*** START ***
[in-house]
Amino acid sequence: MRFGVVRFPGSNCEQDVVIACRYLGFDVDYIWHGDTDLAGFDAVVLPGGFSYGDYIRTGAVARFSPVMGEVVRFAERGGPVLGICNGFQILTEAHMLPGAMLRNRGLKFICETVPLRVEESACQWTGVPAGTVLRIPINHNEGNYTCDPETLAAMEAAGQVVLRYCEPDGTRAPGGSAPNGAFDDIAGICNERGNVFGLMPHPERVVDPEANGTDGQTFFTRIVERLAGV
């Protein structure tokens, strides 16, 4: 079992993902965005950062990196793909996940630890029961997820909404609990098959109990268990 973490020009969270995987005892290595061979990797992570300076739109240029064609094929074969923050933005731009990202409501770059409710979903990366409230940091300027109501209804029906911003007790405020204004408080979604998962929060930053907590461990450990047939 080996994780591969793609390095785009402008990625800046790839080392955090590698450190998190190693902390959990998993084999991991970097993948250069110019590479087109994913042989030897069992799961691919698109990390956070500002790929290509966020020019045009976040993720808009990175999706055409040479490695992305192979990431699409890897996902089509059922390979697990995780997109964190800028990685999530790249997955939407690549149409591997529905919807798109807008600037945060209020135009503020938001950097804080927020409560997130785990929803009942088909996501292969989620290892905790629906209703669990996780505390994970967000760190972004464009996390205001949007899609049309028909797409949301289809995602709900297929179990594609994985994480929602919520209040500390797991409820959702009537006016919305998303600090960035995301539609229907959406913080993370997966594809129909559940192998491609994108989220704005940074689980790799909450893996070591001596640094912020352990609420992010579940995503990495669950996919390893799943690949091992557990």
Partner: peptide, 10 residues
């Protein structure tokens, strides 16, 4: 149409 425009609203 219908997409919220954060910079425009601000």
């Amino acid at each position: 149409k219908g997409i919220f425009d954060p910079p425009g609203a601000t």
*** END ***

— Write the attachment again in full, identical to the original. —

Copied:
[in-house]
Amino acid sequence: MRFGVVRFPGSNCEQDVVIACRYLGFDVDYIWHGDTDLAGFDAVVLPGGFSYGDYIRTGAVARFSPVMGEVVRFAERGGPVLGICNGFQILTEAHMLPGAMLRNRGLKFICETVPLRVEESACQWTGVPAGTVLRIPINHNEGNYTCDPETLAAMEAAGQVVLRYCEPDGTRAPGGSAPNGAFDDIAGICNERGNVFGLMPHPERVVDPEANGTDGQTFFTRIVERLAGV
């Protein structure tokens, strides 16, 4: 079992993902965005950062990196793909996940630890029961997820909404609990098959109990268990 973490020009969270995987005892290595061979990797992570300076739109240029064609094929074969923050933005731009990202409501770059409710979903990366409230940091300027109501209804029906911003007790405020204004408080979604998962929060930053907590461990450990047939 080996994780591969793609390095785009402008990625800046790839080392955090590698450190998190190693902390959990998993084999991991970097993948250069110019590479087109994913042989030897069992799961691919698109990390956070500002790929290509966020020019045009976040993720808009990175999706055409040479490695992305192979990431699409890897996902089509059922390979697990995780997109964190800028990685999530790249997955939407690549149409591997529905919807798109807008600037945060209020135009503020938001950097804080927020409560997130785990929803009942088909996501292969989620290892905790629906209703669990996780505390994970967000760190972004464009996390205001949007899609049309028909797409949301289809995602709900297929179990594609994985994480929602919520209040500390797991409820959702009537006016919305998303600090960035995301539609229907959406913080993370997966594809129909559940192998491609994108989220704005940074689980790799909450893996070591001596640094912020352990609420992010579940995503990495669950996919390893799943690949091992557990």
Partner: peptide, 10 residues
């Protein structure tokens, strides 16, 4: 149409 425009609203 219908997409919220954060910079425009601000």
């Amino acid at each position: 149409k219908g997409i919220f425009d954060p910079p425009g609203a601000t």